I’m at work and lunch has come. I’m reheating my Spanish rice in the microwave and can practically taste it already. It smelled like it had been prepared from scratch. Little did anybody know, I made it from a package that required nothing more than a little water and a heated pot. This thought had me reflecting on how it must’ve been before food came prepackaged. Nowadays, it seems everything comes in a box, can, or bag. The frozen foods section is stacked with everything you could imagine. How did people live before this innovation? What happened to the days when cooking was an art? What happened to the days when your every day household cook knew exactly what oregano or paprika tasted like and how much should be added? Sadly, they are gone forever. In our day and age, we have truly lost the art of cooking. We’ve lost the art of compiling all of the individual ingredients, slaving over the stove, and producing a delicious meal as the fruits of your labor.
Isn’t theology much like this? I’ve never seen more self-proclaimed theologians than I do today. Facebook and the rest of the internet are filled with them. Is this a bad thing? Not necessarily. In fact, I find it exciting that more and more people are gaining a hunger for biblical truth. However, just as we’ve lost the art of cooking, it seems as if we have also lost the art of theology. Just as grocery stores have made products readily available, the internet is a repository of a nearly infinite number of theological resources. After 5 minutes of searching, you can have a library filled with more sermons that you could listen to in a lifetime. There are entire websites dedicated to commentaries, frequently asked questions, sermons, e-books, and more. In fact, there are even sites dedicated to providing ready-made sermons for pastors who haven’t had time to prepare their own. It’s almost scary how readily available theological content has become. It’s all prepackaged nowadays. Gone are the days of pouring through the Scriptures and matching up the cross references. Gone are the hours, days, and weeks of meditating upon the Word of God and allowing the Spirit to move and change you as an individual throughout the course of your studies. The days of the Christian allowing Scripture to interpret Scripture, piecing together the entire truth of Scripture, slaving over the pages of Scripture, and topping it off with the wisdom of those who have gone before all with the purpose of producing a convicting and exciting sermon are seemingly vanishing rapidly. Gone is the art of theology.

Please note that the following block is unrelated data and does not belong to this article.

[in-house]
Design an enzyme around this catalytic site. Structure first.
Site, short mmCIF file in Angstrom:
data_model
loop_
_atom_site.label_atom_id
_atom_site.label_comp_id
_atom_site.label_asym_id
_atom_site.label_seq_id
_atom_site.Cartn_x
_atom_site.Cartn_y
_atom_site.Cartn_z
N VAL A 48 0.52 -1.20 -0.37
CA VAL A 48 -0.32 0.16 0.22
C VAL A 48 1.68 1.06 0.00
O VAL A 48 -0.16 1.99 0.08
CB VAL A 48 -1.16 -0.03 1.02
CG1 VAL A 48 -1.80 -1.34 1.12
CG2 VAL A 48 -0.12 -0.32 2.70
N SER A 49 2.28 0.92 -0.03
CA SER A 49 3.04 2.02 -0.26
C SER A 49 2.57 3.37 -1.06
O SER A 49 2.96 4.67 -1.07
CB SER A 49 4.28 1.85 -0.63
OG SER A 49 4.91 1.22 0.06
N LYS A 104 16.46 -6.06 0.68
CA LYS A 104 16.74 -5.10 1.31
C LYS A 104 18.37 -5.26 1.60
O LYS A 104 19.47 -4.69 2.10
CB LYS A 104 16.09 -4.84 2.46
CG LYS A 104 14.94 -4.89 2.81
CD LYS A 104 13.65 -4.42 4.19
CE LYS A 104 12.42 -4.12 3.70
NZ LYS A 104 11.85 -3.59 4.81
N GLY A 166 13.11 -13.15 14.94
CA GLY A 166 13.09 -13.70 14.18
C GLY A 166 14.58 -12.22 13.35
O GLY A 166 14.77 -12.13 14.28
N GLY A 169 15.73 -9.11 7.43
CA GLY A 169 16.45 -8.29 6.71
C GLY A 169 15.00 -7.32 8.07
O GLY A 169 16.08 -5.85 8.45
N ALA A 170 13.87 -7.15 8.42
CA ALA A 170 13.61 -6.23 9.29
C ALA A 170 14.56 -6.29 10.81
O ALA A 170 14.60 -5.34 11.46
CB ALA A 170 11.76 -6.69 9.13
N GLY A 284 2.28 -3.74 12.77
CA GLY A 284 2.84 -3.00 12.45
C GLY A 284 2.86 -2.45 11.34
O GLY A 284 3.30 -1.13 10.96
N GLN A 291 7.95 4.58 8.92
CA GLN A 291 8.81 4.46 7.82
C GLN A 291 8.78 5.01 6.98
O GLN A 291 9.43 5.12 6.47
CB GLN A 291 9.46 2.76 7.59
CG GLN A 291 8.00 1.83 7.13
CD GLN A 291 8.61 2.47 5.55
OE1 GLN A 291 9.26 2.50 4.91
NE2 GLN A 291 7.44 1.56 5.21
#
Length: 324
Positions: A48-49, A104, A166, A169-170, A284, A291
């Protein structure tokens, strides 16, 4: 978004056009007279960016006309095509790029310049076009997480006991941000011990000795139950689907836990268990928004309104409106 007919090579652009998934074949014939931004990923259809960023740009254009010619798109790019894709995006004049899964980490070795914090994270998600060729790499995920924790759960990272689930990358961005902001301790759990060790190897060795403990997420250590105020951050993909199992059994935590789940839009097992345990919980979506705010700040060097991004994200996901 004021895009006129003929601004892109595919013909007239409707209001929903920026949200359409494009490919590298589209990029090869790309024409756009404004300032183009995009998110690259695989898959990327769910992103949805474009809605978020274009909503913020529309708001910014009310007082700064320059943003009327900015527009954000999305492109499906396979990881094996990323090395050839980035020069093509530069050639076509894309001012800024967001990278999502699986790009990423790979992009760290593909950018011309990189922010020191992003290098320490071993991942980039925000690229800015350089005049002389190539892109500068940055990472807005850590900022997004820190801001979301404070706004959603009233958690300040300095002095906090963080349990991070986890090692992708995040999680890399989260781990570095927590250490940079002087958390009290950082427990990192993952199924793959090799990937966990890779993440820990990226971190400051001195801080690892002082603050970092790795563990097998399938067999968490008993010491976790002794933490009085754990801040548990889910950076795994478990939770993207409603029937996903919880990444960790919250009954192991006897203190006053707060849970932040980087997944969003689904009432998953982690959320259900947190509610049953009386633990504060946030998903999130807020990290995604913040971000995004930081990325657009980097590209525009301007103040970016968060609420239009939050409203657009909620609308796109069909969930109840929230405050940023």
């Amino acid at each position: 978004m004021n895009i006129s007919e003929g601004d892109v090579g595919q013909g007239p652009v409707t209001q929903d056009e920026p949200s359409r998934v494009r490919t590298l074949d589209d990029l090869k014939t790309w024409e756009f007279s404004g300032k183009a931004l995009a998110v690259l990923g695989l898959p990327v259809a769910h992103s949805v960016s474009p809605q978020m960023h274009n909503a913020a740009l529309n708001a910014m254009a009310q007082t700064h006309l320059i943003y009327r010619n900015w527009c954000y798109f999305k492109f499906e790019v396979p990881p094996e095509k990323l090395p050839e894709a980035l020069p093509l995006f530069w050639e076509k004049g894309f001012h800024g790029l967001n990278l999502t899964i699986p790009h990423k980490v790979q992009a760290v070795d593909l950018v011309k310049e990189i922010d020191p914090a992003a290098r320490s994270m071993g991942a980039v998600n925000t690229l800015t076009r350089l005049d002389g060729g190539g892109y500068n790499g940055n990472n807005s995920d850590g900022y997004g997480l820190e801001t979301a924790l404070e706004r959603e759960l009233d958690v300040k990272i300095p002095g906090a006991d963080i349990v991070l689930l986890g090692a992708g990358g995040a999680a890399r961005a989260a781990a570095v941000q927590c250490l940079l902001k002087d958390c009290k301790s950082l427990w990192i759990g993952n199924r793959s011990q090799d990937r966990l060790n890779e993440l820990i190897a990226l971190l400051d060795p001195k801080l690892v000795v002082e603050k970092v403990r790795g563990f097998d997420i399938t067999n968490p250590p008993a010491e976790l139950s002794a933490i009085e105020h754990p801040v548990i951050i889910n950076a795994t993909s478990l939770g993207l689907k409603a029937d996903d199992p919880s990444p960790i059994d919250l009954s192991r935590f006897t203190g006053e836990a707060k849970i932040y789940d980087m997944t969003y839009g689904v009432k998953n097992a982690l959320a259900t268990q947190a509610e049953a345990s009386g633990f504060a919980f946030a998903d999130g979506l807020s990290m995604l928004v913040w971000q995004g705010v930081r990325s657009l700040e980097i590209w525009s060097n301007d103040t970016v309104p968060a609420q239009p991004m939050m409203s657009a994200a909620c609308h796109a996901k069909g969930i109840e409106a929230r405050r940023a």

Just as prepackaged food isn’t necessarily a bad thing, I do not believe prepackaged theology is inherently evil. In fact, it can often be quite convenient and efficient. That being said, both can lead to weakness if not kept under control. Just as continuous use of prepackaged food will eventually lead to an individual lacking cooking skills, continuous use of prepackaged theological resources will lead to a weak theologian. Theology is more than having the right URL. It’s more than having the right answer. Theology is having a proper reverence for God while being changed in the course of your studies. If you find yourself rushing straight to your favorite commentary upon being asked a question you don’t immediately have an answer for, I urge you to take a step back, breathe, and crack open your bible first. Let the Spirit speak to you as you meditate on the Word. After you’ve gathered all your ingredients, by all means, top it off with a dash of commentary and serve the Gospel to all who will hear.
~ Travis W. Rogers